Not only is this a virus movie, but it also makes you wonder if camping is really all that fun. If you need more reasons to stay home, it might help to know this film was inspired by the director’s experience of developing an unsettling skin infection while traveling abroad.

“Dreamcatcher”

Stephen King is the master of macabre, so it makes sense we would include more than one movie based on his work in this list. Dreamcatcher is based on the novel of the same name. It stars Timothy Olyphant, Thomas Jane, Jason Lee, and Damian Lewis as a group of friends who get together for a winter hunting trip.

One of the guys finds a stranger in the woods and brings him back to their cabin, but the guy is sick with something very sinister. The arrival of the stranger coincides with bizarre animal behavior, and, suddenly, the group finds themselves under military quarantine. The rest of the story unfolds King-style from there, with all the twists and turns you’d expect.

“28 Days Later” and “28 Weeks Later”

I think you’d be just as dazed and confused as Cillian Murphy if you woke up in a hospital and there was no one around. And then you leave, and there’s a bunch of fast-moving zombies everywhere trying to kill you.

As the title alludes to (and you discover over the course of the film) 28 Days Later tells the story of the “rage virus” a month into the collapse of society. The sequel, 28 Weeks Later, continues the story with the virus still going strong. This doubleheader definitely won’t lift your spirits during the current pandemic, but it’s quite a ride.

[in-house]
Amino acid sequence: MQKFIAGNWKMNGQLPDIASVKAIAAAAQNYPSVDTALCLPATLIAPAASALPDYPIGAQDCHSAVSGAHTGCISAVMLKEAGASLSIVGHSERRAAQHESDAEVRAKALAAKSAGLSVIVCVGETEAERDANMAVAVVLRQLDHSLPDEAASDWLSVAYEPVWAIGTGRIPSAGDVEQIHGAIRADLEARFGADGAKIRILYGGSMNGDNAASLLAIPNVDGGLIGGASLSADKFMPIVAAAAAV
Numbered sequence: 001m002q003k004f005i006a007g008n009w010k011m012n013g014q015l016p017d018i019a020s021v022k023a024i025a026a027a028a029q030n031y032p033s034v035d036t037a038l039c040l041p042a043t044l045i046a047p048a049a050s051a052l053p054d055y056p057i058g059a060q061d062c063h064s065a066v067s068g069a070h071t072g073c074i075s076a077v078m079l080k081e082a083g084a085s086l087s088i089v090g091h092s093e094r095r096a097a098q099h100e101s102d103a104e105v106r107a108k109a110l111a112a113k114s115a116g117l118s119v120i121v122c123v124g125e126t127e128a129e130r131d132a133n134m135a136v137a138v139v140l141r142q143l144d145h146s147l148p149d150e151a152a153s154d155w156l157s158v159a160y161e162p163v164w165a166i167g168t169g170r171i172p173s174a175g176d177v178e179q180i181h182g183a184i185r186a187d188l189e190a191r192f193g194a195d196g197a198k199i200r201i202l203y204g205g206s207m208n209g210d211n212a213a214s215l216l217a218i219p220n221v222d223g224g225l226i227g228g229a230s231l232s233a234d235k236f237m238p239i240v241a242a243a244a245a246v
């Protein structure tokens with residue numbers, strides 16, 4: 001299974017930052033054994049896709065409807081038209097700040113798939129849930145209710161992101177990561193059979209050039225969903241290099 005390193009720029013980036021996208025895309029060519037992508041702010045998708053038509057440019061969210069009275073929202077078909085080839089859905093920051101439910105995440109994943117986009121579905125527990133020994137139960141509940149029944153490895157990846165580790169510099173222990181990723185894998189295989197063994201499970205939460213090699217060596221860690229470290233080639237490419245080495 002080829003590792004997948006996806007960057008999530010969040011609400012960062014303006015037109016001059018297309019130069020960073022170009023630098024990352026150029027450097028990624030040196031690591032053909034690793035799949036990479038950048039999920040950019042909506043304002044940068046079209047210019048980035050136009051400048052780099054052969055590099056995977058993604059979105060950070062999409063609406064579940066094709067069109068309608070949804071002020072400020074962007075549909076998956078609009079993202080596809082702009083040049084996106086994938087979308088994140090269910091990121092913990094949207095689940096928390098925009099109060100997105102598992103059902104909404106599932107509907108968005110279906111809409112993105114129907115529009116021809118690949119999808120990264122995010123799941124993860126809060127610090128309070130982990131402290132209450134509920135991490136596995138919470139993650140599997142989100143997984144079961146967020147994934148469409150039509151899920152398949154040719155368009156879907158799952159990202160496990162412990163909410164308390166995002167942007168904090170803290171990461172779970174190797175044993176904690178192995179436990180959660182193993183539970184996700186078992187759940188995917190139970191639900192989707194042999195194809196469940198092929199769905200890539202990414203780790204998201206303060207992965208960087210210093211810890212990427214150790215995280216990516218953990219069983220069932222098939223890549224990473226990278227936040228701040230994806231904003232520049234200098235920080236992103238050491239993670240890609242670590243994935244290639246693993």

“The Andromeda Strain”

If you’re looking for a classic film about viral outbreaks, 1971’s The Andromeda Strain will give you a bit of a fright. Based on the best-selling Michael Crichton novel, it’s a wonderful mix of extraterrestrial organisms, a viral strain, and panic.

A research satellite crashes in New Mexico. The occupants of the nearby town drop dead almost immediately. The story is told in flashback through the testimony of Dr. Jeremy Stone (Arthur Hill) to Congress; he explains what happened during the containment response.

“I Am Legend”

Although I Am Legend came out in 2007 and bears the same name as the 1954 book by Richard Matheson upon which it is based, it’s not the only treatment of the film.

The basic premise of the book and all the films is a pandemic virus wipes out humanity, leaving a lone man to grapple with the experience and emptiness of it all.

This film version starring Will Smith is pretty good. However, critics (and fans of the book) were quite upset that the end of the film was different from the book. (The alternate ending on the DVD is a more faithful adaptation.)

If you want to turn this exercise in pandemic film-watching into a sort of cinematic history lesson, you can check out all the films based on this tale, including 1964’s Last Man on Earth, starring Vincent Price, and 1971’s The Omega Man, with Charlton Heston.

Yvonne Glasgow Yvonne Glasgow
Yvonne Glasgow is a professional writer with two decades of experience. She has written and edited for nutritionists, start-ups, dating companies, SEO firms, newspapers, board game companies, and more. Yvonne is a published poet and short story writer, and she is a life coach. Read Full Bio »